The Dow Jones Industrial Average on Tuesday closed at the lowest level in a week, as worries about the debt ceiling negotiations in Washington outweighed data suggesting economic growth remains resilient, while yields on Treasury bills maturing between early and mid-June climbed toward 6% on Tuesday.
How stocks traded
On Monday, the Dow fell 140 points, or 0.42%, to 33287, the S&P 500 increased 1 points, or 0.02%, to 4193, and the Nasdaq Composite gained 63 points, or 0.5%, to 12721.
What drove markets
Stocks fell Tuesday as House Speaker Kevin McCarthy reportedly told Republicans that debt-limit talks still have some distance to go, according to a report by Bloomberg.
McCarthy also told Republicans that the White House and the Congress are “not anywhere near close” to a deal, according to Bloomberg citing Republican Representative Ralph Norman and another person who was in the room.
President Joe Biden and McCarthy on Monday failed to reach a deal on raising the debt ceiling, while they struck a somewhat upbeat tone. More talks are planned.
On Monday, Treasury Secretary Janet Yellen reiterated that the U.S. won’t be able to pay all its bills by early June, and as soon as June 1, if Congress doesn’t raise the debt ceiling. One think tank’s projections Tuesday said the “X-Date” could arrive on June 2
“The debt ceiling seems to be the only market driver,” said Stephen Innes, managing partner at SPI Asset Management.
Stresses have been building in government bond markets, pushing up short-term yields and the price of debt insurance, as traders express concern about the impact on markets should Yellen’s feared scenario come to pass.
The yield on the six-month Treasury bill went up Tuesday to as high as 5.41%, marking the highest level since 2000. Yields on Treasury bills maturing between early and mid-June rose toward 6% on Tuesday.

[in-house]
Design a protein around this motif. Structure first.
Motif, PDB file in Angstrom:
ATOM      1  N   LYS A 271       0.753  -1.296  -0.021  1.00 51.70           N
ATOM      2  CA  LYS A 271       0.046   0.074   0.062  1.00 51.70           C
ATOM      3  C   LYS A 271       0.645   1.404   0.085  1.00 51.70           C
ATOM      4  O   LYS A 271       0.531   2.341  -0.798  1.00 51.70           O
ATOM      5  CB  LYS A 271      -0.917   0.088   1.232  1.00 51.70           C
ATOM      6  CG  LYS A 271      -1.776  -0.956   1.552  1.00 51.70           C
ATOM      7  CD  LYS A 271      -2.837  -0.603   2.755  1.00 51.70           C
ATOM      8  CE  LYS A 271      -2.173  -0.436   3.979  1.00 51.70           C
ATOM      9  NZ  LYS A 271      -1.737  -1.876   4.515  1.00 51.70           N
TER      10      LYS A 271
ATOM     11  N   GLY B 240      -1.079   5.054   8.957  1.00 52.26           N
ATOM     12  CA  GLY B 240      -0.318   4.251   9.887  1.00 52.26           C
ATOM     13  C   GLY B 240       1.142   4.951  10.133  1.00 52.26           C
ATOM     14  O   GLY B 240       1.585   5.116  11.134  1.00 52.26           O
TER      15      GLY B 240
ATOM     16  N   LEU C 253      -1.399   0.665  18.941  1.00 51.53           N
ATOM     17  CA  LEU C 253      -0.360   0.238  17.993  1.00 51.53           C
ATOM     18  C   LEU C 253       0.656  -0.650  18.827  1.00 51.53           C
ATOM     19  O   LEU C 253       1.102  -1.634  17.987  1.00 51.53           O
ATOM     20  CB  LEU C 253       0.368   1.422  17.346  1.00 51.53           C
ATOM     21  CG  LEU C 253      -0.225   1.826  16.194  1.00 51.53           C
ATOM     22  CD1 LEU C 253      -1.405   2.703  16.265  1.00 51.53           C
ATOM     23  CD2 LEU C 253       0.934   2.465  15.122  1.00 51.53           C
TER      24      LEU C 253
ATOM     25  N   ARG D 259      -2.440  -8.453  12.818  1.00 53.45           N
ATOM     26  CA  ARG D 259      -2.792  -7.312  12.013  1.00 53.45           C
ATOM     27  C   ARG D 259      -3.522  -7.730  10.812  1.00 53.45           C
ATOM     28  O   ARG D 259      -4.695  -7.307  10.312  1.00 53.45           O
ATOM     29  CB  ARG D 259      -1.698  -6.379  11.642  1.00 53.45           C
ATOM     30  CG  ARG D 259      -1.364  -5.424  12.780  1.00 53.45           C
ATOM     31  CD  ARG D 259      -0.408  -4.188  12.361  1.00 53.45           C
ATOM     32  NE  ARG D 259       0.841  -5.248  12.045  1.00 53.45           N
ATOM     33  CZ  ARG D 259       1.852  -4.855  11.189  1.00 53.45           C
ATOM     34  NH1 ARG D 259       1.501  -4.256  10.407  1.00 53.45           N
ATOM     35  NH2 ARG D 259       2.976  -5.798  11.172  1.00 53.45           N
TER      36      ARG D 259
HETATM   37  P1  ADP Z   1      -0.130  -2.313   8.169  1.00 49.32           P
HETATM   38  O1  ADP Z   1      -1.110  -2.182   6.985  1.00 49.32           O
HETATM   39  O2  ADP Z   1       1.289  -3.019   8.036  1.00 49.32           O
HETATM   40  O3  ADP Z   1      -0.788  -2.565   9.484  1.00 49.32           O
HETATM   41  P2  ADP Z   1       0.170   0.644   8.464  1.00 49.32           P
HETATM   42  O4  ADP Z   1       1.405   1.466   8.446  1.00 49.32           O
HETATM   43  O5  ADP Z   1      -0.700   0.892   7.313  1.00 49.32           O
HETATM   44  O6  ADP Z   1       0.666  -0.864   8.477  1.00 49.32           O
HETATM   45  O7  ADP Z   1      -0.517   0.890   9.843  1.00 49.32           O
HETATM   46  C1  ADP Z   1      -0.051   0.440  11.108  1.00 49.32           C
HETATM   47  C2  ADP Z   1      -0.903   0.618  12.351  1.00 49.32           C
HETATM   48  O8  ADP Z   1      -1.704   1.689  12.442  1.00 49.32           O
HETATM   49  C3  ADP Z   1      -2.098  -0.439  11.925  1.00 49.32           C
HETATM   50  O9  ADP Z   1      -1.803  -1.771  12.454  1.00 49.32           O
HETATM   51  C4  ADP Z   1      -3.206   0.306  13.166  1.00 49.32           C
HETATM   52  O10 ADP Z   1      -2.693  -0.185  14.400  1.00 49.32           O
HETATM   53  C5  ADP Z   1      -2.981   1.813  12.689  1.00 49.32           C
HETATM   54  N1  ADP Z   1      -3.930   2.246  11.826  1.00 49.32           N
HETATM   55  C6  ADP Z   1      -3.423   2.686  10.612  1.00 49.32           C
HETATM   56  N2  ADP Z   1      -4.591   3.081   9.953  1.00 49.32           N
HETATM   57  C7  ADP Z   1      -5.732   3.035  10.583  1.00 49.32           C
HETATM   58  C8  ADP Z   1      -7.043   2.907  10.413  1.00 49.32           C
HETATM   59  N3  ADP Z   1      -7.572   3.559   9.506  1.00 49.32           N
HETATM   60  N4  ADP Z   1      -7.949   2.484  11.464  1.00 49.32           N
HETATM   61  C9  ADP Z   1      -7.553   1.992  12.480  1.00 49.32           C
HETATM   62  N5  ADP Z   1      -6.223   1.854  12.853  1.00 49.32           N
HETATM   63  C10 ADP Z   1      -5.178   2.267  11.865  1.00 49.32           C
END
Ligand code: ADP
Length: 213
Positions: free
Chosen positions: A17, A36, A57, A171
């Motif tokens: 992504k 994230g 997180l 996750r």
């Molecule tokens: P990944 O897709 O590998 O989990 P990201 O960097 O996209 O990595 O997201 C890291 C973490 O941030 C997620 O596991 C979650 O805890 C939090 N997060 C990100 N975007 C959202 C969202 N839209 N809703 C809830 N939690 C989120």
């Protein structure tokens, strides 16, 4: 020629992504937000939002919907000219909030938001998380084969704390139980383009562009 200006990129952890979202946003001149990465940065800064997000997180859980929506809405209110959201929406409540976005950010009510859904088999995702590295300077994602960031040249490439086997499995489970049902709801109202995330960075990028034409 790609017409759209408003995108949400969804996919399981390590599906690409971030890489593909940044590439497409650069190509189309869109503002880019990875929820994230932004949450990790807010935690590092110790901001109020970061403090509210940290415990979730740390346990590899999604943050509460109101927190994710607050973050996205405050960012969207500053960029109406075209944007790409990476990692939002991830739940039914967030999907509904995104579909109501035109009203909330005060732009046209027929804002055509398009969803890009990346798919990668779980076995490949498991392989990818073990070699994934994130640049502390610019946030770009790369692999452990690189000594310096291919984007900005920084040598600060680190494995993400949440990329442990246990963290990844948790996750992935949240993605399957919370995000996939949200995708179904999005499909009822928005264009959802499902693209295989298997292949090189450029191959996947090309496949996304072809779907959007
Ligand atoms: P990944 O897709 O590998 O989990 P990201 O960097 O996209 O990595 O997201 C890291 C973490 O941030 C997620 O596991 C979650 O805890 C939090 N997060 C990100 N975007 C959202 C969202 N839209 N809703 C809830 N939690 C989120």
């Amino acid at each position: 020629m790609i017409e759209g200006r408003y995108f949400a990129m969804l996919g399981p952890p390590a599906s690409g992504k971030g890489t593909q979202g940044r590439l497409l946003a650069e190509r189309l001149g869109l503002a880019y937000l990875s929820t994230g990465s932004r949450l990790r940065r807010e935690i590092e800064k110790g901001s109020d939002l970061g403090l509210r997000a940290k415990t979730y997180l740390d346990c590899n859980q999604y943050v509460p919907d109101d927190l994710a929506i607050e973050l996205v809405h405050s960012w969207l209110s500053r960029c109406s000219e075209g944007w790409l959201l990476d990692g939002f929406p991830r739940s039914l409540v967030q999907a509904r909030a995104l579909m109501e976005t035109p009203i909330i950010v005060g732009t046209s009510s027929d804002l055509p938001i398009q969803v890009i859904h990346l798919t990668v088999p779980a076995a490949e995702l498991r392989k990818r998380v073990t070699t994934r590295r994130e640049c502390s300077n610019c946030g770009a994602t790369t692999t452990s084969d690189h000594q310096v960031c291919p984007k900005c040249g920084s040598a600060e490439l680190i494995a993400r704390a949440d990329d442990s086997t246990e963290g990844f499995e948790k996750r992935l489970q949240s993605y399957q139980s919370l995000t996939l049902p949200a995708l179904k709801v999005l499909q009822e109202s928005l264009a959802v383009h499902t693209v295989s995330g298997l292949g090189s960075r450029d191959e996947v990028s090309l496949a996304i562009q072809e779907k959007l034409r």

Treasury traders are pricing a potential default of U.S. government debt, hawkish comments from Federal Reserve officials, and a possible recession, noted Rajeev Sharma, managing director of fixed income investments at Key Private Bank.
At the same time, the economy keeps growing as inflation slowly cools though recession fears are still prevalent.
The S&P Flash U.S. services-sector index hit a 13-month high, up 55.1 in May from 53.6 in April. The S&P U.S. manufacturing sector index, meanwhile, slipped to 51 from 52.4, though it was still higher than Wall Street forecasters predicted.
New home sales climbed 4.1%, according to the Commerce Department. The 683,000 annual rate of sales in April beat expectations for 669,000.
“The market is bending but it hasn’t broke. That’s good to the updside,” said Ken Mahoney, president and CEO of Mahoney Asset Management. “If you are a bear, you’ve got be very frustrated.”
Mahoney thinks a debt ceiling deal will ultimately come in Congress and the Federal Reserve might pause its interest rate hikes at the upcoming June meeting. By and large, the first quarter earnings reporting season was rosier than some expected – and then there’s the real opportunities that lay ahead for companies using AI, he noted.